Imagine solitude. The only sounds are of the natural environment: a river, the wind in the trees, your breath, and the birds chirping to one another. The only unnatural sound is the line careening out of your reel and cast to the precision of your placement.
Few activities besides fly fishing offer such quiet moments – that is, until the fish strikes. Here are some of the best places to hook into the solitude.
Alagnak River, Alaska
The Alagnak is one of the few rivers where the entire food chain can be seen with a fly rod in hand. Sitting on the edge of Katmai National Park and its healthy grizzly bear population, all five species of salmon and mice-eating rainbow trout make for an incredible trip.
When to go: Summer is what it’s all about. Go in early summer for the salmon runs and go back from July through September for the aggressive trout bite.
Zhupanova River, Russia
With a true wilderness setting on one of the largest peninsulas in the world, the Zhupanova River will get any angler excited to cast a fly for some of the largest rainbow trout on the planet. Much like a saltwater game fish, these trout will attack a mouse pattern and offer the chance to land a fish rivaling the size of a salmon.
When to go: June through September is optimal for the large mice-eating rainbow trout. Bring everything from a parka to a rain jacket, as winter can happen any month of the year.
Madison River, Montana
In the heart of Montana’s, ‘Trout Mecca,’ the Madison has a fish count higher than the number of feet in the mile of river where they live. With the average trout size exceeding 12 inches, it is no wonder the fly fish industry in the state generates nearly a billion dollars a year.
When to go: Summer is the best for weather and fishing. Bring a rain jacket and sunscreen – you’ll want both.
Agua Boa River, Brazil
If sight-casting to one of the largest cichlids in the world sounds alluring, the Agua Boa will excite you for how strong a peacock bass will bend your rod. Located in northern Brazil within the Amazon rainforest, there’s nowhere else you can catch a 15-pound bass with a jaguar cruising the shoreline.
When to go: October through March offers the best chance for water clarity and good fishing. Bring a rain jacket and sunscreen as both can be used within an hour of each other.
Skeena River, British Columbia
The Al-Can highway transports people up and down British Columbia, and the Skeena does the same for salmon and steelhead. The second largest river in the province features not only quantity, but quality: world-record-sized salmon and steelhead make the Skeena a bucket-list location for anglers worldwide.
When to go: Midsummer into early fall brings the salmon run first. That’s followed by the intense steelhead bite. Pack your waders and a rain jacket for the moist climate.
Limay River, Argentina
The Limay starts its journey high in the Andes, flowing through the wilds of Patagonia, unbothered and unmolested. Wide-eyed anglers with dreams of landing the brown trout of their lives come from all over the world to stand on the banks or float this river.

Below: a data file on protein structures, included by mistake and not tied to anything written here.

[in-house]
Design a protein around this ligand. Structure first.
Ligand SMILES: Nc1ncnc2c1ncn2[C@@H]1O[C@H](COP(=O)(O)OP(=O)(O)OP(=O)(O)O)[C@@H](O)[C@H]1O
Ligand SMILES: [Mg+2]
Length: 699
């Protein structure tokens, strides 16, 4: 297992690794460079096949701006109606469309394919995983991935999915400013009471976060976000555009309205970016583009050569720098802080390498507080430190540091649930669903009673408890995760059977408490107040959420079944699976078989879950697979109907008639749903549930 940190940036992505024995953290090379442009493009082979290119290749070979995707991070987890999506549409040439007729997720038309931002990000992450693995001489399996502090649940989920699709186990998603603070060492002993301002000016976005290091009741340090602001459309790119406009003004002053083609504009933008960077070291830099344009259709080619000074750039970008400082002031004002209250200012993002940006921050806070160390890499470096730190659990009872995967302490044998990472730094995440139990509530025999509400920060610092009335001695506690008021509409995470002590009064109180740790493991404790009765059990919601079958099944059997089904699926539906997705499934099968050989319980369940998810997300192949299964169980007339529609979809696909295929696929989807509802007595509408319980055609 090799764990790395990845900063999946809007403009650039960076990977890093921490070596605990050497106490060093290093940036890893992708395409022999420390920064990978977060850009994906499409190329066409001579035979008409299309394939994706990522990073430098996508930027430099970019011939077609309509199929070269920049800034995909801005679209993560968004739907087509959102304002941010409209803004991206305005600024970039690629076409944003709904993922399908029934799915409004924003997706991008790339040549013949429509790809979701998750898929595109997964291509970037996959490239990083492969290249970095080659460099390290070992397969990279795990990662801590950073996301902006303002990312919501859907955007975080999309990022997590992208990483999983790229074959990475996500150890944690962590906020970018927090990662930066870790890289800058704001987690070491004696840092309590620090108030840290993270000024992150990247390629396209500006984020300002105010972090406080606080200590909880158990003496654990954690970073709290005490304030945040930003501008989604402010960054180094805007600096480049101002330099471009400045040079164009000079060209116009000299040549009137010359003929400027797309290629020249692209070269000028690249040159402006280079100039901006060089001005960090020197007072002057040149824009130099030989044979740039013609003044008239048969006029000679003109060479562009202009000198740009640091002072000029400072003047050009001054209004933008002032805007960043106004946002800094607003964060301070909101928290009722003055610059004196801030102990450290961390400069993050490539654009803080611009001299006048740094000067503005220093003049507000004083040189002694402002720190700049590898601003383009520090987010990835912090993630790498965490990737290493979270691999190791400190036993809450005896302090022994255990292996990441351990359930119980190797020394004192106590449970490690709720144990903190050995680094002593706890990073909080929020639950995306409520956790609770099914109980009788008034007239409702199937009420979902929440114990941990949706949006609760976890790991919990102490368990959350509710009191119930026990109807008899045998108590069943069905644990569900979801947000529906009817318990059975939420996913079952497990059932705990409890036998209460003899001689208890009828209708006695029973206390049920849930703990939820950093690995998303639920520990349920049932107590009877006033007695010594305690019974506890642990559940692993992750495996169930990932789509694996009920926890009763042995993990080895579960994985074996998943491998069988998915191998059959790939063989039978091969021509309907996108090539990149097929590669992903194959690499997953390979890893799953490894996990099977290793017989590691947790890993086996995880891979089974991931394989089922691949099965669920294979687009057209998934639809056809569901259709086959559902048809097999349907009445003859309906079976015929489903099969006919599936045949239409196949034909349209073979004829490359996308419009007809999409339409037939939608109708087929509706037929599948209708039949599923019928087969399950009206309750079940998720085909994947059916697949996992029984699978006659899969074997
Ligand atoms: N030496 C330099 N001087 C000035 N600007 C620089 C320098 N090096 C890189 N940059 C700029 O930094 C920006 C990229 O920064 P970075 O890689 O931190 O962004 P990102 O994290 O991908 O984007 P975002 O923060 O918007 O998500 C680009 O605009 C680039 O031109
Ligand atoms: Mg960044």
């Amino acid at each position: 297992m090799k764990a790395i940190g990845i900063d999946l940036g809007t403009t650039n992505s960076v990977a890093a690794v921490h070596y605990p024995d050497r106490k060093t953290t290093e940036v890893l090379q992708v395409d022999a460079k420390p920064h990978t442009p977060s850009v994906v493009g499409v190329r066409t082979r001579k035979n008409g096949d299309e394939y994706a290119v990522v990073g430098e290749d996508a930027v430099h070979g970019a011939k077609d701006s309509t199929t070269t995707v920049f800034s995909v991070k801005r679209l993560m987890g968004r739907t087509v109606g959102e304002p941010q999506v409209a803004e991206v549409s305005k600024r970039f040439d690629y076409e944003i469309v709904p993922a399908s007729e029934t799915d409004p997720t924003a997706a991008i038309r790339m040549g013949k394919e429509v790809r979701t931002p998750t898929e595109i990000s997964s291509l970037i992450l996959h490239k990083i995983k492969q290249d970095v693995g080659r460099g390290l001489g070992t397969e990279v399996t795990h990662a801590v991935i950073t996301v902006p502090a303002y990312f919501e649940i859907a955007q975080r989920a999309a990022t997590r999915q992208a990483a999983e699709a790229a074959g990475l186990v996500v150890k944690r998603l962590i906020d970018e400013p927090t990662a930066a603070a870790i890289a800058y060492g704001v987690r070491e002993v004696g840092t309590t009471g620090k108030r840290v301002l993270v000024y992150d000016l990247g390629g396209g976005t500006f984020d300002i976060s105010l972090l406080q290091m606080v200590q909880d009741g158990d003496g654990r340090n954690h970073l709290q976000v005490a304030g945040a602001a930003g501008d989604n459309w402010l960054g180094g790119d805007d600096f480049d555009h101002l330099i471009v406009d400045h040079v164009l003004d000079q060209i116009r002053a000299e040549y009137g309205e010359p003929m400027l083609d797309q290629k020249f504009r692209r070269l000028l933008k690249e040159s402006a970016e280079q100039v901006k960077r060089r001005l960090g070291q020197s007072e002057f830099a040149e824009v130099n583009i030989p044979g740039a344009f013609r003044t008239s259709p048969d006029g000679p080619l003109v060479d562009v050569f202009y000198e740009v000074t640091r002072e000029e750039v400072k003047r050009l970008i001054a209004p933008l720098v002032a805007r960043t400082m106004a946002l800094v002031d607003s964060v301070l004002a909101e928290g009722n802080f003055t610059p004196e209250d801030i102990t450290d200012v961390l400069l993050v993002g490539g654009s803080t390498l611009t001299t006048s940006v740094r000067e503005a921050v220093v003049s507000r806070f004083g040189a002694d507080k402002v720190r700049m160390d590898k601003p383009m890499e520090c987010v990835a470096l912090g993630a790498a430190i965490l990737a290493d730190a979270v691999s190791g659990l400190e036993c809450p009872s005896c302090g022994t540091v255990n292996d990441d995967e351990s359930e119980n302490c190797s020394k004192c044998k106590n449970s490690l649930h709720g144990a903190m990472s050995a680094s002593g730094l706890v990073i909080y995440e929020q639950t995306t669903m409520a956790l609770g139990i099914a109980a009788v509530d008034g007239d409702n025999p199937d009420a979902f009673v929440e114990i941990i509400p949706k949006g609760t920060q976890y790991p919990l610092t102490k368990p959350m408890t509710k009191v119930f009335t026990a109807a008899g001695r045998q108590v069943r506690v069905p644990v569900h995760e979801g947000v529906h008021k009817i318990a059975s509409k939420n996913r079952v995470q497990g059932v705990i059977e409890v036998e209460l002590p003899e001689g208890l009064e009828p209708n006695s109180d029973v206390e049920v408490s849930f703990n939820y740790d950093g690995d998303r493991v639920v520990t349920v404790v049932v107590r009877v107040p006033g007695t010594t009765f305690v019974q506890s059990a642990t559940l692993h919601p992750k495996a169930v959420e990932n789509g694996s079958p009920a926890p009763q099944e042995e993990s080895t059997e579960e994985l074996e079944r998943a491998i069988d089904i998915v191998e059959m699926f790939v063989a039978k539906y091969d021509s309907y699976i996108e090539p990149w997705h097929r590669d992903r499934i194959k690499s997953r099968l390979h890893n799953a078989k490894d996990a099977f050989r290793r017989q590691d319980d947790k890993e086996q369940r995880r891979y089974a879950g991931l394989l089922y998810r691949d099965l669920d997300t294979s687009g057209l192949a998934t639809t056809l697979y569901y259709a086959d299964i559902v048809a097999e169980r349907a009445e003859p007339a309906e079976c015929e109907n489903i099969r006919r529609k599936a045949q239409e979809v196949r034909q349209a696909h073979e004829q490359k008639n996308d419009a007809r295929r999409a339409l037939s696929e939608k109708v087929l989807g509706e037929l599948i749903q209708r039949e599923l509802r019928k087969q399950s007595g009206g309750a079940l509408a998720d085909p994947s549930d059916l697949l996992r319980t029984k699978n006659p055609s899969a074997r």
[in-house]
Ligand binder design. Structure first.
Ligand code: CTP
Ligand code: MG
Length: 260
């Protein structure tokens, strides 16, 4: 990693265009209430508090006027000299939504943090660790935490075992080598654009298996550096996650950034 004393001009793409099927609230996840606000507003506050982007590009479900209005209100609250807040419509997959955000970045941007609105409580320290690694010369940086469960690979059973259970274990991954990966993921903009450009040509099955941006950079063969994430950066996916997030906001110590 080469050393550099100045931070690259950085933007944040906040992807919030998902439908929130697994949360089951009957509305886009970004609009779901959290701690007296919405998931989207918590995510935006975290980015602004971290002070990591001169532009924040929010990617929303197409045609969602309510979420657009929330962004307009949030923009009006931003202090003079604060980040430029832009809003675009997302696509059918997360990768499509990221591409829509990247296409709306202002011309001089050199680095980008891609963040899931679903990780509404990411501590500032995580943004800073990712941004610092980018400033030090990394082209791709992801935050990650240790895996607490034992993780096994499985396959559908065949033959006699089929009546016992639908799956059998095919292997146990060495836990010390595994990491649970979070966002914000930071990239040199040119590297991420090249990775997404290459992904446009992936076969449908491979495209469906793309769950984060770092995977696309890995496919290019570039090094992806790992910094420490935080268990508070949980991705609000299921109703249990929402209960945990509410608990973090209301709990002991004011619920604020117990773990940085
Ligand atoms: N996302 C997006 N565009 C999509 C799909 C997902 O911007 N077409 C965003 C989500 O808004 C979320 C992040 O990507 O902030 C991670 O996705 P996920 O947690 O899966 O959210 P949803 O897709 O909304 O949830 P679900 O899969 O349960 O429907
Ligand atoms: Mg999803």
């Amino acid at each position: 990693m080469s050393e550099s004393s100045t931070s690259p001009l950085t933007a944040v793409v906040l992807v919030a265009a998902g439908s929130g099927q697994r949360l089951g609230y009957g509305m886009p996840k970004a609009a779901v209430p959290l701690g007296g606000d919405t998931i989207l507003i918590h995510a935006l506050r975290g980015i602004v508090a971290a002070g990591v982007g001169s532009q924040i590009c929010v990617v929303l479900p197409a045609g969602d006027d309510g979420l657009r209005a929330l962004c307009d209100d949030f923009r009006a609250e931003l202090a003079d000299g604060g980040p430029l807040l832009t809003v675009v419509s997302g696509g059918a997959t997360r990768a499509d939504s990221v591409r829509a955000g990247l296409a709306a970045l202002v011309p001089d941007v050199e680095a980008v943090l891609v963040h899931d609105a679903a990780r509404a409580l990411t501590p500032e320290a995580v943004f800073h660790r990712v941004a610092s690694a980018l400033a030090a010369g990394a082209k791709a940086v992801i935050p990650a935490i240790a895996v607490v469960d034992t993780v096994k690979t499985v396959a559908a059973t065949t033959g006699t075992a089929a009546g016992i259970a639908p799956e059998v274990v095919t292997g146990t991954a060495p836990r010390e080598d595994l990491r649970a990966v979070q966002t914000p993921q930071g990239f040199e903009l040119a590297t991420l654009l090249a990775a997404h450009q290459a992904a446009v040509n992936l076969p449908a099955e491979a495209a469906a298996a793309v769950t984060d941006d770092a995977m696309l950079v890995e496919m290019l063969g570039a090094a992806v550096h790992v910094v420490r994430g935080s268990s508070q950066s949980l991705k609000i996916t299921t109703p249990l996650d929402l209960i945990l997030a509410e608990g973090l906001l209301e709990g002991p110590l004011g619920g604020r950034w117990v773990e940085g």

When to go: November through April brings the best chance to land a large brown trout, with wonderful summer weather. Bring everything from layers to shorts. You never know in Patagonia.
Owen River, New Zealand
Nestled on the south island of New Zealand, the Owen River flows down from Nelson Lakes National Park and runs clear. So clear, in fact, the river is famous for sight fishing. When you see one of the large brown trout the river attracts, the world-class fishing begins.
When to go: December through March is peak summer fishing weather for the river. Bring a wide-brimmed hat and a good camera to document just how pretty the water is.
Eg River, Mongolia
Does hooking into the world’s largest salmonid sound adventurous? Look no further than the remoteness of Mongolia to test your strength for the ‘River Wolf.’ Known to eat mice, muskrat, and unfortunate ducklings, it’s every fly fisher’s dream to add a Taimen to their photo album.
When to go: June through October. Bring layers and optimism as you’ll need both to land a Taimen, the world’s largest salmonid.
Byske River, Sweden
For any angler with a love for Baltic salmon, the Byske in central Sweden begs for a swung fly. This river showcases how hard it can be to hook a wily salmon. But that’s why it’s called fishing and not catching, as the Byske happily reminds you. It’s still one of the best experiences in the world.
When to go: Go from June to the end of August, when the season closes to fishing. The salmon take advantage of the snowmelt and so should you. Bring a rain jacket, layers, and patience.
Ponoi River, Russia
For the fly fisher, salmon are notoriously difficult to catch – but not on this river. With landed-fish numbers in the thousands on any given week during peak season, the Ponoi should be on every angler’s list for Atlantic salmon fishing.
When to go: Any time but winter. Salmon run in healthy numbers 8 months of the year. The region is just above the Arctic Circle, so there are different needs for different times of the year.